- 2:00 p.m. “FMF4KIDS: Fantasy Stories” workshop at The Ethnographic Museum in Kraków with Nina Kulik for kids 6-12 years old.
- 3:00 p.m. “Q&A: Brian Tyler” hosted by Doreen Ringer-Ross with Brian Tyler (ICE Kraków Congress Centre).
And with all the panels/conferences of the day finished, at 6:00 p.m. was time for TITANIC Live in Concert at the TAURON Arena Kraków with Sinfonietta Cracovia and the Boys Choir of the Krakow Philharmonic Orchestra conducted by Ludwig Wicki, playing the fabulous James Horner’s music while movie was screened, a movie that is celebrating its 20th anniversary in 2017.
It’s amazing how the movie can still surprise you and how you can still find small details you haven’t perceived before, both in the picture and in the music. But the most amazing fact was that the performance was perfect. And let me bold and underline the word perfect again. It was the best live orchestra to picture I’ve ever attended. The balance of the orchestra, voices and sound effects was perfectly engineered, so no sound overlapping happened even if you had strong action/tension scenes with people talking, effects happening and orchestra passionately playing the music. Ludwig Wicki’s conducting was amazing; sharp, accurate and committed, with the orchestra following his instructions with incredible precision.
At the end, Edyta Górniak “replaced” Celine Dion when singing “My Heart Will Go On”, giving us goosebumps to close a perfect concert. An amazing TITANIC Live in Concert experience, which received a well-deserved long ovation.
Even if a most of the guests left on Sunday and nearly the rest left Monday morning, the festival still had two more days to go with a free access Outdoor Cinema Screening of Top Gun on Monday (just the movie, no orchestra) and a reprise of the concert “FMF Youth orchestra Plays Star Wars” performed by the FMF Youth Orchestra & FMF Youth Choir conducted by Monika Bachowska in The Krzysztof Penderecki European Center for Music in Zakliczyn (free access with invitation).
Well, and that’s all!! To end this third article, for the longest review of a festival I remember writing in SoundTrackFest, I’ll go for a recap of Krakow Film Music Festival 2017, talking about strong points and point to improve for next year’s editions, but as always, in a constructive and positive way.
WEAK POINTS TO IMPROVE
- If KBF (Krakowskie Biuro Festiwalowe) is the spine of the festival, volunteers are the muscle of the festival. They were nearly everywhere, in charge of the correct development of all the activities, spread during the festival in many points of Krakow (panels, concerts, guiding guests, etc…). They were properly acknowledged with a big “Thank You” during the gala, but this year it felt like they were overloaded with work comparing to last year. They were attentive and helpful as always, never losing the smile on the face, but you could see they didn’t have enough time to attend everybody as they wanted. The festival has grown bigger, each and every year, and the task force behind it has to grow accordingly, otherwise, problems will arise and then it will be late to address them. So my suggestion for the organization is to be careful with this point, and try to dedicate more resources to the volunteers section, as they’re the ambassadors of the festival for the people.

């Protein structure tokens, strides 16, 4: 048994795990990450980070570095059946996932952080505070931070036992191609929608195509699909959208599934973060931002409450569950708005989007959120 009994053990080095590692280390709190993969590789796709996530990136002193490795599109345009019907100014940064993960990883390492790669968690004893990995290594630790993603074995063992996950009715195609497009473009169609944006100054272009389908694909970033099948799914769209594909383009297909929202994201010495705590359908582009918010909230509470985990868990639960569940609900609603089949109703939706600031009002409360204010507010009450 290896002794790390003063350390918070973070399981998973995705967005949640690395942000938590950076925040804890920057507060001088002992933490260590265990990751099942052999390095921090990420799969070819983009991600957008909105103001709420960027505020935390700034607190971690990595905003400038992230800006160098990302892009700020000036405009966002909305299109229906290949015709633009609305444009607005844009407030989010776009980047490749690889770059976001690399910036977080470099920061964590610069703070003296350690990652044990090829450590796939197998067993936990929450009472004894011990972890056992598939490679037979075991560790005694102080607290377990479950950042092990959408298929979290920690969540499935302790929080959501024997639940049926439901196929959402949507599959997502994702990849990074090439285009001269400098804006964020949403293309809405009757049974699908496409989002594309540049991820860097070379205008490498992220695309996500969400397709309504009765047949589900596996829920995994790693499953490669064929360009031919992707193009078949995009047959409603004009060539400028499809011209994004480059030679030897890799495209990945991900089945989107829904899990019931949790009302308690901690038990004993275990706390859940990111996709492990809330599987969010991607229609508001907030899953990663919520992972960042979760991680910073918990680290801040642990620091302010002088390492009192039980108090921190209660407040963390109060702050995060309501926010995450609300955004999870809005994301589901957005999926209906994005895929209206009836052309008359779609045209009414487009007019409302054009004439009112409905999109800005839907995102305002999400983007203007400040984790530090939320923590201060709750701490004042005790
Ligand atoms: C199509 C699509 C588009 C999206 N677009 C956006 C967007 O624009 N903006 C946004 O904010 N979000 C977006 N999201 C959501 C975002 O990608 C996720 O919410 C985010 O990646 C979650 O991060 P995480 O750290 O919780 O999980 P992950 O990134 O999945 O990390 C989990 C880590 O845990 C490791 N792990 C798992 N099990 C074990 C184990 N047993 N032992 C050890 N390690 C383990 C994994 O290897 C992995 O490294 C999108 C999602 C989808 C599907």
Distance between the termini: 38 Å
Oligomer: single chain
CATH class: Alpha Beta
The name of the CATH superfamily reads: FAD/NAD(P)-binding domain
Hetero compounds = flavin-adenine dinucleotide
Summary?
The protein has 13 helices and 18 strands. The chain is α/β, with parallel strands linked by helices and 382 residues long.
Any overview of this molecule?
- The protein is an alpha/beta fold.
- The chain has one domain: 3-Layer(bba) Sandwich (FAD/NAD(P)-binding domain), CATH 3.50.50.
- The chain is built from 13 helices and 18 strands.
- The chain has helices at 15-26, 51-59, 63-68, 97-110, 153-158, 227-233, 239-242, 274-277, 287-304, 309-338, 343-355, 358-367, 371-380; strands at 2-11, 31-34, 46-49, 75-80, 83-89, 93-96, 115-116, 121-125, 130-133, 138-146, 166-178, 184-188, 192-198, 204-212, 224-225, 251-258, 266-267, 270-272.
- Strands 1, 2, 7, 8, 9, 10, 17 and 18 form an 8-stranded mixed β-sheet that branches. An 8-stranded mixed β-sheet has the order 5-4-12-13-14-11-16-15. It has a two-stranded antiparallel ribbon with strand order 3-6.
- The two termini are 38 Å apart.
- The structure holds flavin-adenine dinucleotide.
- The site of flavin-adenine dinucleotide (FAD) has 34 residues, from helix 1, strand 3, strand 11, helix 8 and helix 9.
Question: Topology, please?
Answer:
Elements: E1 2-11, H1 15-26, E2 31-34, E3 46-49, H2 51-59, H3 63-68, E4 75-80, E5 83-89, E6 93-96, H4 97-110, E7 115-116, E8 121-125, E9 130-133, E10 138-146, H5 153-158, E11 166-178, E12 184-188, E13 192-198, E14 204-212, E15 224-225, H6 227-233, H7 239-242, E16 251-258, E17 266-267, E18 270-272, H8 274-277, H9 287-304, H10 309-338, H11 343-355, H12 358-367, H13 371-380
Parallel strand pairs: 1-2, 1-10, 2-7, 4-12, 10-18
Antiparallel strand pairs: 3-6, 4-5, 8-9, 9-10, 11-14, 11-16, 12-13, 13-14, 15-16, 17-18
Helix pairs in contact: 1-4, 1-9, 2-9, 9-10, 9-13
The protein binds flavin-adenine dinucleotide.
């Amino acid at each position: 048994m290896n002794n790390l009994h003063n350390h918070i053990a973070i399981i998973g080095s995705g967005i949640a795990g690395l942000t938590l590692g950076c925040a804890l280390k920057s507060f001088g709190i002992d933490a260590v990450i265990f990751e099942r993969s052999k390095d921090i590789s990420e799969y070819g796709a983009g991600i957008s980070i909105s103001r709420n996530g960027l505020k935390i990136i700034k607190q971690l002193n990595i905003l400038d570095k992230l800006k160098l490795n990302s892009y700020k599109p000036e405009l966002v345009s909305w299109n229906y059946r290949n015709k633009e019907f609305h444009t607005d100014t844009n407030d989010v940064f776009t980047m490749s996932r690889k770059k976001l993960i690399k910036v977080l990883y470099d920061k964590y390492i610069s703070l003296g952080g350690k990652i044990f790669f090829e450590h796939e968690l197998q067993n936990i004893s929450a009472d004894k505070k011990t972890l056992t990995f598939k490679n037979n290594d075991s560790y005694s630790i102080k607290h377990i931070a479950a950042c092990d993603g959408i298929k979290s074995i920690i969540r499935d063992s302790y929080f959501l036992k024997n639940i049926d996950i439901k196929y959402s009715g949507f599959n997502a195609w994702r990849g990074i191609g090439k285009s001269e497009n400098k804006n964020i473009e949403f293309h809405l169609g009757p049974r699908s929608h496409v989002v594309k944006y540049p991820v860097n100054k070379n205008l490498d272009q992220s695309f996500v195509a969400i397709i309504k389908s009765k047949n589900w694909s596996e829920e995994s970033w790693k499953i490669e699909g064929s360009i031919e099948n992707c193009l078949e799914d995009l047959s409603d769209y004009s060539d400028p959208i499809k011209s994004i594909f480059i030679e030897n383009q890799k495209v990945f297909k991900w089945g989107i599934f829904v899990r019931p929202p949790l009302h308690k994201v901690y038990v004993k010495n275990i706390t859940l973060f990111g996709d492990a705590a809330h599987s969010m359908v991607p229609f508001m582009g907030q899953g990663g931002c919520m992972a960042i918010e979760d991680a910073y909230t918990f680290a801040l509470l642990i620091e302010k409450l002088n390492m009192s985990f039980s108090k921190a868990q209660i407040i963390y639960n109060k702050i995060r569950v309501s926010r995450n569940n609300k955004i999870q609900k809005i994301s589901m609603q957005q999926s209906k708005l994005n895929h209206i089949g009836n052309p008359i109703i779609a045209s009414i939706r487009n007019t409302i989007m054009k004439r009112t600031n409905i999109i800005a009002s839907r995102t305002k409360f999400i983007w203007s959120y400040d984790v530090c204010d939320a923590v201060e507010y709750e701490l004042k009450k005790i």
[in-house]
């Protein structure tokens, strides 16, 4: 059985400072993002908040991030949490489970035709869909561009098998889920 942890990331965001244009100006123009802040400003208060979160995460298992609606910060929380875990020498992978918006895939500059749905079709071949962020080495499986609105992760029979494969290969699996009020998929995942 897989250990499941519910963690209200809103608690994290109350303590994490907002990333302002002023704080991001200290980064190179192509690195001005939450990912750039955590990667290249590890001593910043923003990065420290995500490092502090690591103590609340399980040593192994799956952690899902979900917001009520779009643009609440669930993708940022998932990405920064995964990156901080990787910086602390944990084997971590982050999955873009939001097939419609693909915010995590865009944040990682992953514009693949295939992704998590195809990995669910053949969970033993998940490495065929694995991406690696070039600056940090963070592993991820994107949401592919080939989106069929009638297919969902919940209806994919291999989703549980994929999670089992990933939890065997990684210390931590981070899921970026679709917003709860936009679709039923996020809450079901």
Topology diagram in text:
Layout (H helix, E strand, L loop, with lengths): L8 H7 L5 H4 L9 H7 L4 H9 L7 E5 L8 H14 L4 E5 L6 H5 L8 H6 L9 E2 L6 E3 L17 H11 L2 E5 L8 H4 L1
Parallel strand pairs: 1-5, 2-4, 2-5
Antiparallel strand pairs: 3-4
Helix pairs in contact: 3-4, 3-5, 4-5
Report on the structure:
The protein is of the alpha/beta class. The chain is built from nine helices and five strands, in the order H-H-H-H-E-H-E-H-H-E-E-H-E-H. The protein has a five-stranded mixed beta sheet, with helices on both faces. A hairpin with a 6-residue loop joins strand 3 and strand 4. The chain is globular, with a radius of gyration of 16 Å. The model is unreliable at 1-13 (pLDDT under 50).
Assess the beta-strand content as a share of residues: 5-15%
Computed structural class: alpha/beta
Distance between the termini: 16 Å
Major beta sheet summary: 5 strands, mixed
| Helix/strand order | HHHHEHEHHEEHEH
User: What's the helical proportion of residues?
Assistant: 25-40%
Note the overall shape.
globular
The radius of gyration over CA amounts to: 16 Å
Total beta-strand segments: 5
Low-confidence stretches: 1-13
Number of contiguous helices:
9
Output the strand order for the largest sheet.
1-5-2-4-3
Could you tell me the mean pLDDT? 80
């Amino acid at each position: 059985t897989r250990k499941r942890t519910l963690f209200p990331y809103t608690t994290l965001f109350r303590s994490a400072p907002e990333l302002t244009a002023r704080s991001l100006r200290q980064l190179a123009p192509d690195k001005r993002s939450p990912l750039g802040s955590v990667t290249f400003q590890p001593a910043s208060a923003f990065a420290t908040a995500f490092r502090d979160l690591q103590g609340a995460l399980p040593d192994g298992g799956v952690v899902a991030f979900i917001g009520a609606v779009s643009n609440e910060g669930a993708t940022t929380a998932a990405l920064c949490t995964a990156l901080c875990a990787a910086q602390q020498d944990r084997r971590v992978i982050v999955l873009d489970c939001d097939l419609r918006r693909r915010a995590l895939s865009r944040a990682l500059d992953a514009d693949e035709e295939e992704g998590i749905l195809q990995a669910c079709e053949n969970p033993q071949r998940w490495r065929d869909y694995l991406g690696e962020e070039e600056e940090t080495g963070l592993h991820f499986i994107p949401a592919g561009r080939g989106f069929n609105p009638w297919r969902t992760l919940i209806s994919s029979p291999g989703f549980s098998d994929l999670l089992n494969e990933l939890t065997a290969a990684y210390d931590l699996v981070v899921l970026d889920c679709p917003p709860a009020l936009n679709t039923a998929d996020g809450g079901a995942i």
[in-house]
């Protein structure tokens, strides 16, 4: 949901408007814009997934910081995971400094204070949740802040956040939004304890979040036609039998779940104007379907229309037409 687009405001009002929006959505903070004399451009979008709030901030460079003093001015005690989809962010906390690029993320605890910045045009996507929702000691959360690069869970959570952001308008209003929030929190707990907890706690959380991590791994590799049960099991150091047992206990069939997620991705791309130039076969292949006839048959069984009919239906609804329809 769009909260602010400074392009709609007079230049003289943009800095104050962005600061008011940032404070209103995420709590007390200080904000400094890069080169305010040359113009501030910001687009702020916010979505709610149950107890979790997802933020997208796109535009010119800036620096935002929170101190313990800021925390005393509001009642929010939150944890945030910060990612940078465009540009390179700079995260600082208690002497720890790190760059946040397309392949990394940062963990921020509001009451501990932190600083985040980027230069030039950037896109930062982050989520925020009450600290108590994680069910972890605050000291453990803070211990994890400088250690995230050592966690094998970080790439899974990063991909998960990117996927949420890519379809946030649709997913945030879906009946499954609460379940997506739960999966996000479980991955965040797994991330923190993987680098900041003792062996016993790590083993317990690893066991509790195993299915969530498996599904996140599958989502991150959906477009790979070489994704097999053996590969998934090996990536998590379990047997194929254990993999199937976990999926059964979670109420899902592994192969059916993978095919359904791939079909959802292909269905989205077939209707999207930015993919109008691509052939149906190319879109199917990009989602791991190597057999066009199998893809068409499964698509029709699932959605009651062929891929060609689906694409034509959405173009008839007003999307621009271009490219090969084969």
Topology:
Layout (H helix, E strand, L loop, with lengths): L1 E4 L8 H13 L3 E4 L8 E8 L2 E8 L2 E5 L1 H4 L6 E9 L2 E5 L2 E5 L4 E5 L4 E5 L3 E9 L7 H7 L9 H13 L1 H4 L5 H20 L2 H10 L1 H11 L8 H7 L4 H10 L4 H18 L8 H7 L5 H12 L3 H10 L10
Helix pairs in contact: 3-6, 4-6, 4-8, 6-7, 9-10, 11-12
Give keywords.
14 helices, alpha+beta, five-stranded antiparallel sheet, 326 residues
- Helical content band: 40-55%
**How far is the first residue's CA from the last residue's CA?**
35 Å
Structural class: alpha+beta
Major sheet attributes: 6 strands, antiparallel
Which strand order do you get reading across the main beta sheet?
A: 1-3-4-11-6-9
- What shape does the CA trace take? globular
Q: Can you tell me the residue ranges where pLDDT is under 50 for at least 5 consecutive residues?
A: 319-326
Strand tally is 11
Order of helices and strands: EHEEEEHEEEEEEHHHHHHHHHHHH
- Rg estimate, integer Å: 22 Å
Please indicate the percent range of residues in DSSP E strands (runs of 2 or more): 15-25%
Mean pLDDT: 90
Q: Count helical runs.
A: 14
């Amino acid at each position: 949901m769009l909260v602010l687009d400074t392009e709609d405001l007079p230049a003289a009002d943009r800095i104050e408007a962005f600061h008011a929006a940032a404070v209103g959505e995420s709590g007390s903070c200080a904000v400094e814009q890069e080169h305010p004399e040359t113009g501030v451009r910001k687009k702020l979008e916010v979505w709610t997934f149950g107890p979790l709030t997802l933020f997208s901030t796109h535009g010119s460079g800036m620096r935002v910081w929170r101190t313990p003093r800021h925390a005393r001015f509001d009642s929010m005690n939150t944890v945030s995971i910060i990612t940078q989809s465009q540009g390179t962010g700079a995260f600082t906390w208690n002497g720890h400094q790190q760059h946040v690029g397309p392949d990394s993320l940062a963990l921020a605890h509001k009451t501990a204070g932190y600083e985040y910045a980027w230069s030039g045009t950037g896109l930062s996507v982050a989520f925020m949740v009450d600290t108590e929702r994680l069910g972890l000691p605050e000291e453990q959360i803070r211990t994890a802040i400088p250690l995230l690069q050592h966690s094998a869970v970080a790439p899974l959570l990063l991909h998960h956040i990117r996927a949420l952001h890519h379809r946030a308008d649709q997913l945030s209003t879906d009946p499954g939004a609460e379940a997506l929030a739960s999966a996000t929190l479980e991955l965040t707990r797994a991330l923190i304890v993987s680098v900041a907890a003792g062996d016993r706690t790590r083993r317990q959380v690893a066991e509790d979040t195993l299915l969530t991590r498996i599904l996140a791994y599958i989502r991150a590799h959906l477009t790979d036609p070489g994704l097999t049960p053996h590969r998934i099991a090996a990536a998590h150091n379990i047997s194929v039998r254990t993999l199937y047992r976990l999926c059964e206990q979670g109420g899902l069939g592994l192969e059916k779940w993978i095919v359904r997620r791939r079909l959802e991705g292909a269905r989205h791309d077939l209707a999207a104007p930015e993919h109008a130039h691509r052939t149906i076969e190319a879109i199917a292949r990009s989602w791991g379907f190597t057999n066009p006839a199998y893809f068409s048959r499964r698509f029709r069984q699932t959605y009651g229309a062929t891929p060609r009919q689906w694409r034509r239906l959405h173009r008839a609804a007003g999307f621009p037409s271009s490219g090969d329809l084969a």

- Jeff Russo was supposed to be attending the festival, but finally, he couldn’t come (due to music changes and rescheduling in the 3rd season of Fargo, as I was told). That’s something normal that happens with composers in many festivals. Anyway, people were asking if he was coming or not, and when he would arrive, but we didn’t get a straight answer, and finally, he didn’t come. I understand that last minute changes happen, but they should be announced as soon as possible, in the same way that attendances are announced: publicly and clearly.
- The “last day”, Sunday, there were many events going on at the same time. The Star Wars Concert, SCORE Documentary screening, and Q&As were happening at ICE Kraków Congress Centre while Polish composers’ conferences and other panels were being held at Pałac Krzysztofory, making people having to choose one or the other. This should be avoided, if possible.
- Speeches during the concerts (introduction speeches, awards speeches or authorities speeches), should be shortened as much as possible as they break the rhythm of the events. Also many times, those speeches were only in Polish so they really gave no extra information to people coming from abroad. Talking about this with other journalists, they coincided that there was too much talking in some concerts (15 minutes in Cinematic Piano for example). I know it can be difficult to solve this, but has to be considered a possible improvement point.